That’s because communication is a much more complex process involving many other sub-processes.

High stakes communication requires a high degree of mindfulness to what is happening in real-time in our environment. You first have to have goals for your communication. Then you have to remember them, while you communicate with others, and at the same time you have to be willing to change them as new information emerges and the need to shift to new goals arises.

You have to resist all the mental distractions that conspire to derail you from the goals you set out for your communication. It requires being aware of our tone, body language, and choice of words on the fly so as to make the right choices and course-corrections. This means processing up-to-date information in real-time about our and other’s thoughts, feelings, and behavior.

It also means you have to pay attention to those you are communicating with and incorporate the queues you are getting from them. It requires being agile and taking dozens of factors into consideration and making decisions while the conversation is happening. You need to do all this while at the same time focusing on your short term goals from each communication with an eye on your long term goals of preserving relationships.

So what does all of this have to do with being a happy project manager?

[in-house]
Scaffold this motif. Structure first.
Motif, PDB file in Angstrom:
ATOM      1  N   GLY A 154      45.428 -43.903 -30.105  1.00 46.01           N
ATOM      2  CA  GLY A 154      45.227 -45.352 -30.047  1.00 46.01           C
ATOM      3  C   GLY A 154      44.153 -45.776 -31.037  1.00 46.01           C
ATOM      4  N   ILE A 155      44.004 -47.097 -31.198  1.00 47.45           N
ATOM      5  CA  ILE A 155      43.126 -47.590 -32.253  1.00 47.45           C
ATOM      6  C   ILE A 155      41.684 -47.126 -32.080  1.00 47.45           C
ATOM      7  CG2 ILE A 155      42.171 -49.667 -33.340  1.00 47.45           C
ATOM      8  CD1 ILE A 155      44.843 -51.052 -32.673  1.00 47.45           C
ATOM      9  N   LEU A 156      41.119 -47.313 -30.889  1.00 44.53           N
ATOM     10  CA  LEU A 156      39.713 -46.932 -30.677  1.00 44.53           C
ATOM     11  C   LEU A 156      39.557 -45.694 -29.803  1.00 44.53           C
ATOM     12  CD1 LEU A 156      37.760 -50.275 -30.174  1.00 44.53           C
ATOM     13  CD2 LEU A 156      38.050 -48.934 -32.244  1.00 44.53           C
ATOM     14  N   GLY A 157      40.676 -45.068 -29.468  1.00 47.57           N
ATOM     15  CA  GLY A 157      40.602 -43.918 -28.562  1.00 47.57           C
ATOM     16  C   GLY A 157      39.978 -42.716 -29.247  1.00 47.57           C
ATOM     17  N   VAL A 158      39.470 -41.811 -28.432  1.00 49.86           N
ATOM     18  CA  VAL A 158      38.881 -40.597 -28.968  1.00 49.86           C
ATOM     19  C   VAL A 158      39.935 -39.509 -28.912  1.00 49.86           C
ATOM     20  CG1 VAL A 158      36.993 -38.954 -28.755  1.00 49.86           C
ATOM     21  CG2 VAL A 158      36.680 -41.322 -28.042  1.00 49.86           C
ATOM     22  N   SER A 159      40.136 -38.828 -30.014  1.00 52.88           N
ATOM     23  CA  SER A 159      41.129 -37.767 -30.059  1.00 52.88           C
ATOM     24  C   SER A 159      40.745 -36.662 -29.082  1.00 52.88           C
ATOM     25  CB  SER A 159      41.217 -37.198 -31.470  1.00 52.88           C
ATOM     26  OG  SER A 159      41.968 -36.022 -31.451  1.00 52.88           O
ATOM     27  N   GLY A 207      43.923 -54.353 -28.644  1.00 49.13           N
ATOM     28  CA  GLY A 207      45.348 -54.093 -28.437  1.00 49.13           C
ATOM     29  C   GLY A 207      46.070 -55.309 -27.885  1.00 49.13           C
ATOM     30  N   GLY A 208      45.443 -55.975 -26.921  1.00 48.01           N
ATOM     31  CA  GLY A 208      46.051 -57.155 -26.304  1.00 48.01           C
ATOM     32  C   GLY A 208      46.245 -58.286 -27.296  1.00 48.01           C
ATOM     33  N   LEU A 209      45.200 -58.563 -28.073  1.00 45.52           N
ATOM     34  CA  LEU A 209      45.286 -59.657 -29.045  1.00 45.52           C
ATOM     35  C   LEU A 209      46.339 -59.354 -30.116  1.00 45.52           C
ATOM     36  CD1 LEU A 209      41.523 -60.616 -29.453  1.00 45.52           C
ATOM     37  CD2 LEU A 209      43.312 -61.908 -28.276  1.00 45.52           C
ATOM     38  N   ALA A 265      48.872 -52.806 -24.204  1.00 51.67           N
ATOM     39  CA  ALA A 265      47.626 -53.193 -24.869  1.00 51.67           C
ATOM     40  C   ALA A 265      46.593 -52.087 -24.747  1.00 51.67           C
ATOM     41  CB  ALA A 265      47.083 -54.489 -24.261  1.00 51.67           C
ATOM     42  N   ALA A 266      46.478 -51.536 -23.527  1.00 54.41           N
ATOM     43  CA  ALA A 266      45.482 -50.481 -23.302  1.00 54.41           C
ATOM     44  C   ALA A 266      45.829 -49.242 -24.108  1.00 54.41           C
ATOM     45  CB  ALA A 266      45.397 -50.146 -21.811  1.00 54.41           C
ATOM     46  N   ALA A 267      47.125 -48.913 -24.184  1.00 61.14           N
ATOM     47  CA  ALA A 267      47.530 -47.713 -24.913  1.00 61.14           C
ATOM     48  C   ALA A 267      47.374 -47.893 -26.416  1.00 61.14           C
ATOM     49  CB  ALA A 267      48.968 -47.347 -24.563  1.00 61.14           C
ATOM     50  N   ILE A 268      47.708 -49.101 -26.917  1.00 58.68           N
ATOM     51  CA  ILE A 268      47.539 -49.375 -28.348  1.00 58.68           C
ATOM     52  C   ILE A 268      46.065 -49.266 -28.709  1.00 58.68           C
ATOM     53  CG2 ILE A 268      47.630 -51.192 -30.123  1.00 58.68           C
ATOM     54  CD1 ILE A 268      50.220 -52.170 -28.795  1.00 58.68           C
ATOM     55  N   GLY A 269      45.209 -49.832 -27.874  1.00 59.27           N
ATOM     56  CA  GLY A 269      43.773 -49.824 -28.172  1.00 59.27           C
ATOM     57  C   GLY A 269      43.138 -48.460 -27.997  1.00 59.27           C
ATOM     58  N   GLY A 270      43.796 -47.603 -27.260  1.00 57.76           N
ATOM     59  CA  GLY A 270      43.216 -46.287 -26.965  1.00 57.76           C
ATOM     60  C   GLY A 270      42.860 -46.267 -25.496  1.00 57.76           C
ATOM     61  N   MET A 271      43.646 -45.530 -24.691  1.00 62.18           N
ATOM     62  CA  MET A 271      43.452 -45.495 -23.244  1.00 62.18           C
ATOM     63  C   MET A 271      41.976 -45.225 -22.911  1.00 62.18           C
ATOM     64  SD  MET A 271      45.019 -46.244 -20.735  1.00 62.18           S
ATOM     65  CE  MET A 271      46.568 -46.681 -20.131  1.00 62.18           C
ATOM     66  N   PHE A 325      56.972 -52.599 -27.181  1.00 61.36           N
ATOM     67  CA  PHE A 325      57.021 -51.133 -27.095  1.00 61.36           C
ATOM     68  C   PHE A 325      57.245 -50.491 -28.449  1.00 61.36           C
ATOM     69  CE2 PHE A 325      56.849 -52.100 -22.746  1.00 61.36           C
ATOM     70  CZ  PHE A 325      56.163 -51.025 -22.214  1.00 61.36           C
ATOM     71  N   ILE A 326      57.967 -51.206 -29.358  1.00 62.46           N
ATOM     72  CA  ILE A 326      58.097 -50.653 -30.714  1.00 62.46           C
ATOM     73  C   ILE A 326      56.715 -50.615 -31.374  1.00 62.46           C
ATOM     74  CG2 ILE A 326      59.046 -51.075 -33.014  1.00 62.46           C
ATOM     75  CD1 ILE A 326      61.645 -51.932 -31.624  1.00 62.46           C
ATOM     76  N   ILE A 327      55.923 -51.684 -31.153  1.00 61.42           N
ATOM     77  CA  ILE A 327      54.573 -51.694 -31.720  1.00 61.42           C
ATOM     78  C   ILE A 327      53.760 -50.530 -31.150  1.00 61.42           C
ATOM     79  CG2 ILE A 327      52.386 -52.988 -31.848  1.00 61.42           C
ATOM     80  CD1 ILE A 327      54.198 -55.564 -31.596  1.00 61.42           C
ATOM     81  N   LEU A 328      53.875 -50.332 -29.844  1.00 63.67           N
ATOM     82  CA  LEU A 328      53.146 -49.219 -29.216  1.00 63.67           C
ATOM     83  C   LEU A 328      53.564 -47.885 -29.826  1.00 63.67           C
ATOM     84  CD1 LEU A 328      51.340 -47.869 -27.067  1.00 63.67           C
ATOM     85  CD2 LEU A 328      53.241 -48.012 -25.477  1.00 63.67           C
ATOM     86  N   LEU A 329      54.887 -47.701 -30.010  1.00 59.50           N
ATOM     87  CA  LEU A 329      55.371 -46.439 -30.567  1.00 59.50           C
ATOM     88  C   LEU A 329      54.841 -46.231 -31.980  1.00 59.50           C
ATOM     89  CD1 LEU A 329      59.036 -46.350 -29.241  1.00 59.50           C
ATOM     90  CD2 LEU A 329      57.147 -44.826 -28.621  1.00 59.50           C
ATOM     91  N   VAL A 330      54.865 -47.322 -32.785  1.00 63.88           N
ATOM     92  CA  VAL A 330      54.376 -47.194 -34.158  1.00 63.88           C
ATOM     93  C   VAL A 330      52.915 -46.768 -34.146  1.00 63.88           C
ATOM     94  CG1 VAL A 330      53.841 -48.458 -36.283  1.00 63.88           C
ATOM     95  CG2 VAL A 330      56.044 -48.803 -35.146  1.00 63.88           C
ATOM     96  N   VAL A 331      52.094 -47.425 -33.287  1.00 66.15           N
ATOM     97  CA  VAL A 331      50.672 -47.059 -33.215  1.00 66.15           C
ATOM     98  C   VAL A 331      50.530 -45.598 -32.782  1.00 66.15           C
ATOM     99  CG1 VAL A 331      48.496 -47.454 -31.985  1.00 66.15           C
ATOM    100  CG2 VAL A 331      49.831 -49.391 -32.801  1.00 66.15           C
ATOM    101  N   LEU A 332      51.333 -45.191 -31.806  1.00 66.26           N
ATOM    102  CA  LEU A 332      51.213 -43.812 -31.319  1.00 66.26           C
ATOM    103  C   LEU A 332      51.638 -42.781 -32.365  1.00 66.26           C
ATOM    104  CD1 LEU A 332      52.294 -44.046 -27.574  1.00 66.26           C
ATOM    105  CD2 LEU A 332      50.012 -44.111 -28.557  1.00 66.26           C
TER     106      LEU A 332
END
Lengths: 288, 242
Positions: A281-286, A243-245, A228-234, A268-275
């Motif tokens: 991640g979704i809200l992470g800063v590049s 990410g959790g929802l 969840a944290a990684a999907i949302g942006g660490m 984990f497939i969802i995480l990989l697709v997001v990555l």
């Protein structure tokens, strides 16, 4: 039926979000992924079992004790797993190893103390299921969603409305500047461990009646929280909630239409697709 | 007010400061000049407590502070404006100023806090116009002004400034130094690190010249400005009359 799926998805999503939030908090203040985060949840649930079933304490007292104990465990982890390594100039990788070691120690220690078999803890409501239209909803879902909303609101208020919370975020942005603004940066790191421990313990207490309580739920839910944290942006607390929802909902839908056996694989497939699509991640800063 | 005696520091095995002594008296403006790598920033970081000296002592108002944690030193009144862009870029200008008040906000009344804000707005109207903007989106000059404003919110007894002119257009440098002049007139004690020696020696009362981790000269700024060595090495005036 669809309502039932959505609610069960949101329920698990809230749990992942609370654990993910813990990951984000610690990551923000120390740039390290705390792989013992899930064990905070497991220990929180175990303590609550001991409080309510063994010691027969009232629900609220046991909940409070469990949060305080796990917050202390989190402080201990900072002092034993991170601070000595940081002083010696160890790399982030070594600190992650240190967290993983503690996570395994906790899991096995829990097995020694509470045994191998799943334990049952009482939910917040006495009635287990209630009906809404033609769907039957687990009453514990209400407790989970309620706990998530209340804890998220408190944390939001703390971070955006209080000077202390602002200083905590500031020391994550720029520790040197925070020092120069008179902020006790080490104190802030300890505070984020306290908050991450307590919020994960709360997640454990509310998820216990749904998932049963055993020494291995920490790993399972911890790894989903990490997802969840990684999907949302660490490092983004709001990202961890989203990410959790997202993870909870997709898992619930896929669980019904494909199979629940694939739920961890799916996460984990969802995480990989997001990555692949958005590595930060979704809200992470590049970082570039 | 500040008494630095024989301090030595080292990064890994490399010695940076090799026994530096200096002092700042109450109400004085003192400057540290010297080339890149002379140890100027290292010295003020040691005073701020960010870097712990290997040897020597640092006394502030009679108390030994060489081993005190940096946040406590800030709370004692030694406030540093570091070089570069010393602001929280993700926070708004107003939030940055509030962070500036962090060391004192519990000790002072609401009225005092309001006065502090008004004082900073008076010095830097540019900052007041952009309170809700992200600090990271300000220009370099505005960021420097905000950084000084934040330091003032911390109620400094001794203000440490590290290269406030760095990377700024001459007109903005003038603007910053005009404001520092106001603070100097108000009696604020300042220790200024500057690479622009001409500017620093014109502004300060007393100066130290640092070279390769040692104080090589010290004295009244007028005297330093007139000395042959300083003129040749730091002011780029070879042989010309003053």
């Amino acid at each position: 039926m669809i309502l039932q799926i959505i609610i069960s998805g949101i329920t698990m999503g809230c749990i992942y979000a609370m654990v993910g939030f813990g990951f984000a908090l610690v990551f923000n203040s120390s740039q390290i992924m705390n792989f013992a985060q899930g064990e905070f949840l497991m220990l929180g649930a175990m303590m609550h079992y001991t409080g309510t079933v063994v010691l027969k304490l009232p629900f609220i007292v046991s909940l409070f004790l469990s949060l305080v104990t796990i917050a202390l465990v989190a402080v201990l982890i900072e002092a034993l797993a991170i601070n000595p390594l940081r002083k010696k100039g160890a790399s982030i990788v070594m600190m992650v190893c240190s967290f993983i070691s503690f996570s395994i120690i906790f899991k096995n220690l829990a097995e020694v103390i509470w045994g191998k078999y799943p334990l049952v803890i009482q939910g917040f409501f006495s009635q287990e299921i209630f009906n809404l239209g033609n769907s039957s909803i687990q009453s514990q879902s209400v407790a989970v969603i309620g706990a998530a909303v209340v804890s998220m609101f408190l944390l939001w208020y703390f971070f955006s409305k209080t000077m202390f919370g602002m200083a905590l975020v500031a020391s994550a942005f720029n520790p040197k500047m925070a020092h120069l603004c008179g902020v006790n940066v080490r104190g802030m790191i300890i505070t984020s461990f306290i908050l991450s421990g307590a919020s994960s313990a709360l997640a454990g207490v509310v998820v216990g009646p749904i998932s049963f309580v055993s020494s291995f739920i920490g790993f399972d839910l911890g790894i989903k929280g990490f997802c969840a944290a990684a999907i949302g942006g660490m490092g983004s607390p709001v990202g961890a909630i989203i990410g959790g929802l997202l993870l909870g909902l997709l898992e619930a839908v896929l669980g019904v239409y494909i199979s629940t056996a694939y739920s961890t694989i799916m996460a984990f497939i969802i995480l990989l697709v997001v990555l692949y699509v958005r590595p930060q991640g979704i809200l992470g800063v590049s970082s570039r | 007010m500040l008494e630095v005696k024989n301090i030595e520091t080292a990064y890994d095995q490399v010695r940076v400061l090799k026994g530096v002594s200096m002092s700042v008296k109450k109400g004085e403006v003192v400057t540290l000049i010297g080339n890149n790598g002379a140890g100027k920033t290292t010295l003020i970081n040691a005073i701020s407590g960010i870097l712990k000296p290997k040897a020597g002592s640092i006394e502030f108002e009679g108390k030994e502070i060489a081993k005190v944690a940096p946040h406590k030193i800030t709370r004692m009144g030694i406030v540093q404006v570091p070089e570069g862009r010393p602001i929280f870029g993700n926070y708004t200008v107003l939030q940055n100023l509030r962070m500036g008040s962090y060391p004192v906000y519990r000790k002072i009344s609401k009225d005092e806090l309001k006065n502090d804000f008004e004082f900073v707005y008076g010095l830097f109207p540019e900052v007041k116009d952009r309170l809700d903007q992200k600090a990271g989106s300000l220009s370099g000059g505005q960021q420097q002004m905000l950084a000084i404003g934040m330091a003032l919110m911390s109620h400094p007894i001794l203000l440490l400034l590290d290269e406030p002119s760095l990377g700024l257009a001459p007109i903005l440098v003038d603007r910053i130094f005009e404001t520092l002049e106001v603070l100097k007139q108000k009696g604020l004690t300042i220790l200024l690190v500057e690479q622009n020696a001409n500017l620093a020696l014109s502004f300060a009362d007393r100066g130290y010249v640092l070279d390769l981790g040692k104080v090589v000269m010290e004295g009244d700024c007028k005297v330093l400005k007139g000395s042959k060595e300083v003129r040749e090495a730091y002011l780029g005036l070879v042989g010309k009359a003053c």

When your communication is effective and you get the results you want, you feel on top of your game. You believe that you are capable of making things happen. You think you can help others make tough decisions and face the difficult challenges. You believe that you can get even the most uncooperative people to collaborate to solve complex problems. You see yourself as someone who can move things forward and make real progress possible.

When you feel you are on top of your game you feel in control. You feel good about yourself and how you show up in the world. This gives you confidence and leads to achieving even more results.

But you can’t communicate with grace, diplomacy, and tact, if you are not paying attention. Mindfulness enables you to think about your own thinking. This is called “metacognition”. Only through metacognition can you become aware of your automatic, unconscious habits and impulses (the need to be right for example). And only through this awareness can you begin to exercise self-control and emotional regulation.

In project management, as in life, you must be “present” to win.

In the next posts, I will talk about mindfulness and another set of skills critical to being a happy project manager: resilience, agility, and stamina.

Be sure to leave your email here so I notify you when the next article in this series is posted.

I would love to get your thoughts. What is resonating with you here and what is not? What has been your experience?

Don’t forget to read:

How to be a happy project manager – Part 2

How to be a happy project manager – Part 3

How to be a happy project manager – Part 4

12 Responses to How to be a happy project manager